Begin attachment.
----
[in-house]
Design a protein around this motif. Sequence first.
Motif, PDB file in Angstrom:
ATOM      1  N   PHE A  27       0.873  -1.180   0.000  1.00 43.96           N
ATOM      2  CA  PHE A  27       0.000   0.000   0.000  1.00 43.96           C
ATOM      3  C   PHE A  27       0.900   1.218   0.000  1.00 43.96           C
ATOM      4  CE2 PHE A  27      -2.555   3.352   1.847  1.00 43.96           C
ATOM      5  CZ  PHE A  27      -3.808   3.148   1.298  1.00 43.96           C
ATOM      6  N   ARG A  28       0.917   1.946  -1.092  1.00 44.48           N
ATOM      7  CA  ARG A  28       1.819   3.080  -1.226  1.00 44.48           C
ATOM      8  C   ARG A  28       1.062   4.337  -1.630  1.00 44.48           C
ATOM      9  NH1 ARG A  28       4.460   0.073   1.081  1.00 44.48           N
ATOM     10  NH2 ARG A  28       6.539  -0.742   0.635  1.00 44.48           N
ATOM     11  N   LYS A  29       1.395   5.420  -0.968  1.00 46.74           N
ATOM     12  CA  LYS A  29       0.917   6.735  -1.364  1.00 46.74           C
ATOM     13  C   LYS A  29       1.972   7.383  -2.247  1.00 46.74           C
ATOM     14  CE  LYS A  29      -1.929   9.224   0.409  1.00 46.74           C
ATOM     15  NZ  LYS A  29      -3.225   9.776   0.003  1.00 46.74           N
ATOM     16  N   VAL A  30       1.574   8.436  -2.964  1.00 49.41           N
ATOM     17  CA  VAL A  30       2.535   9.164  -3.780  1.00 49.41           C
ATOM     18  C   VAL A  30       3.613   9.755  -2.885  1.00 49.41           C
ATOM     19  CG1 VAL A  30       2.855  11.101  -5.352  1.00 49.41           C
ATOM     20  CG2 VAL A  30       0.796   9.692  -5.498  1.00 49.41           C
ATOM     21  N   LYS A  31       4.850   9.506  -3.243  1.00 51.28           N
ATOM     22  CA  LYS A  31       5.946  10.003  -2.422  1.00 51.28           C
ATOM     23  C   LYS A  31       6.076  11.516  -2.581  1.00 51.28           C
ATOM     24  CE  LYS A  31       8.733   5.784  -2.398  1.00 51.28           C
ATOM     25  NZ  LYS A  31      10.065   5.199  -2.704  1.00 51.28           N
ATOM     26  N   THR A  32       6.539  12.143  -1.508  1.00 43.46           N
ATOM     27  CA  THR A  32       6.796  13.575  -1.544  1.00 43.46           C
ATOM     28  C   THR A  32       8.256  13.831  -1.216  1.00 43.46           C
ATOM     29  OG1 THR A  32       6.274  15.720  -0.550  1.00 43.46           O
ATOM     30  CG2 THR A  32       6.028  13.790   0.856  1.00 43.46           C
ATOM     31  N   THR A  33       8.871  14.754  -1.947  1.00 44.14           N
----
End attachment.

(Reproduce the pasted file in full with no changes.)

[in-house]
Design a protein around this motif. Sequence first.
Motif, PDB file in Angstrom:
ATOM      1  N   PHE A  27       0.873  -1.180   0.000  1.00 43.96           N
ATOM      2  CA  PHE A  27       0.000   0.000   0.000  1.00 43.96           C
ATOM      3  C   PHE A  27       0.900   1.218   0.000  1.00 43.96           C
ATOM      4  CE2 PHE A  27      -2.555   3.352   1.847  1.00 43.96           C
ATOM      5  CZ  PHE A  27      -3.808   3.148   1.298  1.00 43.96           C
ATOM      6  N   ARG A  28       0.917   1.946  -1.092  1.00 44.48           N
ATOM      7  CA  ARG A  28       1.819   3.080  -1.226  1.00 44.48           C
ATOM      8  C   ARG A  28       1.062   4.337  -1.630  1.00 44.48           C
ATOM      9  NH1 ARG A  28       4.460   0.073   1.081  1.00 44.48           N
ATOM     10  NH2 ARG A  28       6.539  -0.742   0.635  1.00 44.48           N
ATOM     11  N   LYS A  29       1.395   5.420  -0.968  1.00 46.74           N
ATOM     12  CA  LYS A  29       0.917   6.735  -1.364  1.00 46.74           C
ATOM     13  C   LYS A  29       1.972   7.383  -2.247  1.00 46.74           C
ATOM     14  CE  LYS A  29      -1.929   9.224   0.409  1.00 46.74           C
ATOM     15  NZ  LYS A  29      -3.225   9.776   0.003  1.00 46.74           N
ATOM     16  N   VAL A  30       1.574   8.436  -2.964  1.00 49.41           N
ATOM     17  CA  VAL A  30       2.535   9.164  -3.780  1.00 49.41           C
ATOM     18  C   VAL A  30       3.613   9.755  -2.885  1.00 49.41           C
ATOM     19  CG1 VAL A  30       2.855  11.101  -5.352  1.00 49.41           C
ATOM     20  CG2 VAL A  30       0.796   9.692  -5.498  1.00 49.41           C
ATOM     21  N   LYS A  31       4.850   9.506  -3.243  1.00 51.28           N
ATOM     22  CA  LYS A  31       5.946  10.003  -2.422  1.00 51.28           C
ATOM     23  C   LYS A  31       6.076  11.516  -2.581  1.00 51.28           C
ATOM     24  CE  LYS A  31       8.733   5.784  -2.398  1.00 51.28           C
ATOM     25  NZ  LYS A  31      10.065   5.199  -2.704  1.00 51.28           N
ATOM     26  N   THR A  32       6.539  12.143  -1.508  1.00 43.46           N
ATOM     27  CA  THR A  32       6.796  13.575  -1.544  1.00 43.46           C
ATOM     28  C   THR A  32       8.256  13.831  -1.216  1.00 43.46           C
ATOM     29  OG1 THR A  32       6.274  15.720  -0.550  1.00 43.46           O
ATOM     30  CG2 THR A  32       6.028  13.790   0.856  1.00 43.46           C
ATOM     31  N   THR A  33       8.871  14.754  -1.947  1.00 44.14           N